• kidney: increases reuptake Ca, decreases reuptake P;
    • intestine - no direct effect (PTH increases the production of calcitriol in the kidneys and thus acts indirectly in the intestine).
  • calcitonin
    • bone: retains Ca + P;
    • kidney: reduces reuptake of Ca + P;
    • intestine - no direct effect (calcitonin probably reduces the production of calcitriol in the kidneys).
  • vitamin D (calcitriol, 1,25- (OH) 2 -cholecalciferol)
    • bone: maintains Ca transport;
    • kidney: facilitates resorption of Ca 2+[1]
    • intestine: increases Ca + P resorption. [2]
iInfluence of individual hormones on the level of Ca 2+ and phosphates in the blood.
Parathyroid hormone Calcitonin Vitamin D[3]
bone osteoclast activation,

calcium and phosphatemia are increasing

osteoclast inhibition,

Ca 2+ storage in bones

skeletal mineralization;

high levels, on the other hand, decalcify

Kidneys stimulates Ca 2+ resorption, inhibits phosphate resorption,

stimulates vitamin D synthesis

increases Ca 2+ excretion ,

increases phosphate excretion

increases the reabsorption of Ca 2+ and phosphates
Intestines stimulates the resorption of Ca 2+ and phosphates stimulates the resorption of Ca 2+ and phosphates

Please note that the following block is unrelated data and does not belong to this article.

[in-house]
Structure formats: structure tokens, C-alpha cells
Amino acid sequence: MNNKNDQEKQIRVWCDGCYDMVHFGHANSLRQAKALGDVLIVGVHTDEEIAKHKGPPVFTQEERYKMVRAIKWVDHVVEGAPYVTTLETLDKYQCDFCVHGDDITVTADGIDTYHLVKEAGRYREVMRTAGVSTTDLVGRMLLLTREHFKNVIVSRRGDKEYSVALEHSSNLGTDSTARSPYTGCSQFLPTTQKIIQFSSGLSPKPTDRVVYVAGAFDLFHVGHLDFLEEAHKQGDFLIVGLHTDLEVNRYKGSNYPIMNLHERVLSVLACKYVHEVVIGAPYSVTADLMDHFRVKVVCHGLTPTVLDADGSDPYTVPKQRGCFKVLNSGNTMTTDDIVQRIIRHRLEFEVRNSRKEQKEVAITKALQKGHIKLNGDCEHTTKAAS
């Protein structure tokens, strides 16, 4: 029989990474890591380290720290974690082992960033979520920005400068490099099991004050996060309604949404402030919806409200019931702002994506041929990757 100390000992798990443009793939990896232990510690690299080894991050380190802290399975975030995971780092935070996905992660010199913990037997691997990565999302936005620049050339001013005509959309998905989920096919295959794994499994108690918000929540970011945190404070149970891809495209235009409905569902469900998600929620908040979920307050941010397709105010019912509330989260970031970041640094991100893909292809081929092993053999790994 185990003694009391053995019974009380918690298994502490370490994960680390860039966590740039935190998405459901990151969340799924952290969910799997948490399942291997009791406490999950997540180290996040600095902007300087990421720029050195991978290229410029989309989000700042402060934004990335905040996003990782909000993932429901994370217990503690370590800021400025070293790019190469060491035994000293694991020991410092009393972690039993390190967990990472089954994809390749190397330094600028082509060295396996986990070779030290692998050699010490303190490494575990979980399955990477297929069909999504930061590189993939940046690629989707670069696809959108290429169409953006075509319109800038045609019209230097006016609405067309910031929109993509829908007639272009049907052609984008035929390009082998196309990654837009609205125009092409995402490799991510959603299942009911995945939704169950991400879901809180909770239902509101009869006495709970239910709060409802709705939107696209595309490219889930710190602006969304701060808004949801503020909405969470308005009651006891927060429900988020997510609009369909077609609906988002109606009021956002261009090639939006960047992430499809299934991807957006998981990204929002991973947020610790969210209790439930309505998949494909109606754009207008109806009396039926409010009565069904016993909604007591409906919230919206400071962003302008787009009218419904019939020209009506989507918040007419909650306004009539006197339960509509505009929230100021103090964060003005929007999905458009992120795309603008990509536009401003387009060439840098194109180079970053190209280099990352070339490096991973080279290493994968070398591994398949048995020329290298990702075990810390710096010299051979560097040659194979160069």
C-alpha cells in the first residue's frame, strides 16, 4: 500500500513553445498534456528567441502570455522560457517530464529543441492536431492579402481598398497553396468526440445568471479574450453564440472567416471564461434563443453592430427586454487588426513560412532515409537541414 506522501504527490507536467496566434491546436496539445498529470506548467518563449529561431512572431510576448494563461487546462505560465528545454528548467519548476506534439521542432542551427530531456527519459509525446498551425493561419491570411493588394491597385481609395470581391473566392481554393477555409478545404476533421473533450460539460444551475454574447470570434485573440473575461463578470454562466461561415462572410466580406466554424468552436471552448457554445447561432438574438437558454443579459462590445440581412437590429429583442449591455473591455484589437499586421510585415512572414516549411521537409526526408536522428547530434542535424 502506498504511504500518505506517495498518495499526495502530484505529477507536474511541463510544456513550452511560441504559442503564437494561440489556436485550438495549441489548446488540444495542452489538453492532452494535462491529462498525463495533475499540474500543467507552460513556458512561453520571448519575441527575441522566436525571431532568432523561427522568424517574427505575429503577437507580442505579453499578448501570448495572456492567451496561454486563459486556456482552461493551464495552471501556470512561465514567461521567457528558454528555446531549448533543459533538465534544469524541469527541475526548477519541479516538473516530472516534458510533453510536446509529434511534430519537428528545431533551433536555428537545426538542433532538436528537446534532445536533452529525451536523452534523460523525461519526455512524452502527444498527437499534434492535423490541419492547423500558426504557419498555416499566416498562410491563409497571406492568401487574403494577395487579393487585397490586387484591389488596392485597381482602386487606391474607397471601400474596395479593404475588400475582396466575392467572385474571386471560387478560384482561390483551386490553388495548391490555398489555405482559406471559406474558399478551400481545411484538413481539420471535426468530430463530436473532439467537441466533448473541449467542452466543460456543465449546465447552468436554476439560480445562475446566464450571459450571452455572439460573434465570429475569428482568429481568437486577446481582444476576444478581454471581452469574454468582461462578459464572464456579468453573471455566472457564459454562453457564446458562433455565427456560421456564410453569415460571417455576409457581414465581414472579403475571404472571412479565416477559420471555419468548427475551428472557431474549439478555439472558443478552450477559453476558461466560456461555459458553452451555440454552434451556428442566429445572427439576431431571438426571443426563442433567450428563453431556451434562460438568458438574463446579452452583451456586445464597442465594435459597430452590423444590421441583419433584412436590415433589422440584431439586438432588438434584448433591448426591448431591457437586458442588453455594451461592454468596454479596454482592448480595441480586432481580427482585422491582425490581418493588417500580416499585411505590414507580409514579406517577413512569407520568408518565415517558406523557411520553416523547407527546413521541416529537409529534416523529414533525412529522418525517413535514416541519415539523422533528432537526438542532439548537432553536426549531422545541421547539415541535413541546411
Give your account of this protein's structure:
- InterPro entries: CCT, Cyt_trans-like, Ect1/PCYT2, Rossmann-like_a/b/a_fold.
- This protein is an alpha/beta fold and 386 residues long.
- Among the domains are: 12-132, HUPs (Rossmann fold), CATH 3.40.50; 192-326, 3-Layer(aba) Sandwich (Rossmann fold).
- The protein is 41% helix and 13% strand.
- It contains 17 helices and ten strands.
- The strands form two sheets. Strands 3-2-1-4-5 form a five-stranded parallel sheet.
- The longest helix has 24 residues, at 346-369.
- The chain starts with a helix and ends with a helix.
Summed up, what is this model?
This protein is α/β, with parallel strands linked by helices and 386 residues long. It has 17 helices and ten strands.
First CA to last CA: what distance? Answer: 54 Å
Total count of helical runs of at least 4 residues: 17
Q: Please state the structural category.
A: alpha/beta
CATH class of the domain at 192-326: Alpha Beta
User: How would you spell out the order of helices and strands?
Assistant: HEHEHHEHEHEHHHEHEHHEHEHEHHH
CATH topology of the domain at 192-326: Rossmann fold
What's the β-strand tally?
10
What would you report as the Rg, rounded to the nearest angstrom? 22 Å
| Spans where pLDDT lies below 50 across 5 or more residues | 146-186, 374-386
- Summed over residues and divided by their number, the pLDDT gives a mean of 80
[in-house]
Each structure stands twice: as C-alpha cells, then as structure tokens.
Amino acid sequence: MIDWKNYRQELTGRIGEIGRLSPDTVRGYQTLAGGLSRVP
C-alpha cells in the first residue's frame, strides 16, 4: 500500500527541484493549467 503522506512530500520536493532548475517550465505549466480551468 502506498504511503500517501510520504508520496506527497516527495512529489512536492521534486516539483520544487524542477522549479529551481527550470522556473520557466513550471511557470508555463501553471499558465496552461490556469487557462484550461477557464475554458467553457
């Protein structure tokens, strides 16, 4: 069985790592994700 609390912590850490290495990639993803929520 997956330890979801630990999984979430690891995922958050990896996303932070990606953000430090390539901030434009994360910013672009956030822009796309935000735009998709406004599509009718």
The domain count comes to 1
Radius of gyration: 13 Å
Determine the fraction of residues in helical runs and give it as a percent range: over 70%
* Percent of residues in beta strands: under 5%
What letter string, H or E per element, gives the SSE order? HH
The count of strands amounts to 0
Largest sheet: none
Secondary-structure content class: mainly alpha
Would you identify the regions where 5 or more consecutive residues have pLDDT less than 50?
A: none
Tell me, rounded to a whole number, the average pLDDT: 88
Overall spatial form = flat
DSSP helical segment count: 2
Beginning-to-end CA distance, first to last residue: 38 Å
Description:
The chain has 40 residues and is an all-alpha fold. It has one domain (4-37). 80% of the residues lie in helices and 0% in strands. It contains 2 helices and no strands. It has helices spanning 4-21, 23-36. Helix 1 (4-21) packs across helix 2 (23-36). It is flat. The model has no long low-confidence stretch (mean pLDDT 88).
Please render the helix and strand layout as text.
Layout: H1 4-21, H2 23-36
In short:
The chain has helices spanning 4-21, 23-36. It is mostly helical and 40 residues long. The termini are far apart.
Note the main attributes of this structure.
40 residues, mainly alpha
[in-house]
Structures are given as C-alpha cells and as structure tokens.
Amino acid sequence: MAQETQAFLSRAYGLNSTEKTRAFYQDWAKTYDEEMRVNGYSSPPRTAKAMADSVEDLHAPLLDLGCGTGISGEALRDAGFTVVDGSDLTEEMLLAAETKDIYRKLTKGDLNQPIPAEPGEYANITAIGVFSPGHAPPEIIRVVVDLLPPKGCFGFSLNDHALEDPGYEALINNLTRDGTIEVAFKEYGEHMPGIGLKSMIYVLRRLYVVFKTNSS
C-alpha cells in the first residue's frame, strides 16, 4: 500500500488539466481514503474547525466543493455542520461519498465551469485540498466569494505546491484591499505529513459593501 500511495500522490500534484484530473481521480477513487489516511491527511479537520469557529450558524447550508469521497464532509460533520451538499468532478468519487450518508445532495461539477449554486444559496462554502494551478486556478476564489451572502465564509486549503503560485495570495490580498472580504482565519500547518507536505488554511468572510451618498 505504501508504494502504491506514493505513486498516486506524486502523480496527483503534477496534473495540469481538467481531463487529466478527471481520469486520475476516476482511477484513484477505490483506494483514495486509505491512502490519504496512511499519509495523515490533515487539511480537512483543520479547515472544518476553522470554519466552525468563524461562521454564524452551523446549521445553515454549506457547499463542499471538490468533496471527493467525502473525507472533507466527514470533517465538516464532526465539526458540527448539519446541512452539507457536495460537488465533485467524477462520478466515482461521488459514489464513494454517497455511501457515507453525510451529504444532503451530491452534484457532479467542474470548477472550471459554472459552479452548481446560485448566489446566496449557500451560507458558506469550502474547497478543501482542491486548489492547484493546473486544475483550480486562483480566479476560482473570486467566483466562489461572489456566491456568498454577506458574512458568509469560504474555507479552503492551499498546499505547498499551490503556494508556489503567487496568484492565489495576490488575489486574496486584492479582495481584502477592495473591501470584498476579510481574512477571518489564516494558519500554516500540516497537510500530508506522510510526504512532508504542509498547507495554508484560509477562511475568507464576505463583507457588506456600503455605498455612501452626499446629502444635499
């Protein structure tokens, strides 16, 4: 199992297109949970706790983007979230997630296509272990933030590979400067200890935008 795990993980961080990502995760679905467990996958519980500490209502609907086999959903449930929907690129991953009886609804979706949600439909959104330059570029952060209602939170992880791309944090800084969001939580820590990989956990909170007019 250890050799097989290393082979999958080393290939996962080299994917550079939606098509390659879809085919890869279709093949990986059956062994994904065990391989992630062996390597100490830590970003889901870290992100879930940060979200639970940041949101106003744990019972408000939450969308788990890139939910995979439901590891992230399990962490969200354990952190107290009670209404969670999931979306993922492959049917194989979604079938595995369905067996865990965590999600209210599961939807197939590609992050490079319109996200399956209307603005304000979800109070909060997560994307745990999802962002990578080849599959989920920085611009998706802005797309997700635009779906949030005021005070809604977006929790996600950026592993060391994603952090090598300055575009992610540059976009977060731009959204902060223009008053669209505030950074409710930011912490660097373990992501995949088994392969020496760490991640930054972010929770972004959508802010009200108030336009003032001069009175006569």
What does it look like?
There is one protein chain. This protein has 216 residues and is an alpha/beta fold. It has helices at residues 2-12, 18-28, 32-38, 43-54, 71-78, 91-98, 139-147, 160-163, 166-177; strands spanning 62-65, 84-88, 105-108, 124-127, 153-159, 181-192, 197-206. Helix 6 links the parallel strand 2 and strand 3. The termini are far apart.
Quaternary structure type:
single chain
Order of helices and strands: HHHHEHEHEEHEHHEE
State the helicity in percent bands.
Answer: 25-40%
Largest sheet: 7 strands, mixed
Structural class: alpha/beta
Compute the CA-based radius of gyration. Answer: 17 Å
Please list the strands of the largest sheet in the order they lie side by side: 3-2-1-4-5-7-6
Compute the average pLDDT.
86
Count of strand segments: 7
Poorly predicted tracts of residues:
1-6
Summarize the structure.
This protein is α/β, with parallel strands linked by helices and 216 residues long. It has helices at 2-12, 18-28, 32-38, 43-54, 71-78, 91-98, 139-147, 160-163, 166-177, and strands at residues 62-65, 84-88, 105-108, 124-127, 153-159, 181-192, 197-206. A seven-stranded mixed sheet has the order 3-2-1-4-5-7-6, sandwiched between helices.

Links[edit | edit source]

related articles[edit | edit source]

Reference[edit | edit source]

  1. HAVRÁNEK, J .: Dysbalance of other ions.
  2. ↑Jump up to:a b c d e f g h i j WILHELM, Z. What is good to know about calcium. Practical pharmacy [online] . 2007, vol. -, vol. 4, pp. 184-189, also available from < >. 
  3. ↑Jump up to:a b c d e SILBERNAGL, Stefan and Agamemnon DESPOPOULOS. Atlas of Human Physiology: 6th edition, completely reworked and expanded. 3rd edition. Prague: Grada, 2004. pp. 290-293. ISBN 80-247-0630-X .
  4. ↑ BENEŠ, Jiří. Study materials  [online]. © 2007. [feeling. 2010]. < >.
  5. ↑ GANONG, William F.  Overview of Medical Physiology. 20th edition. Prague: Galén, 2005. 890 pp. 396.  ISBN 80-7262-311-7 .
  1. GANONG, William F. Přehled lékařské fyziologie. 20. edition. Praha : Galén, 2005. 890 pp. pp. 396. ISBN 80-7262-311-7.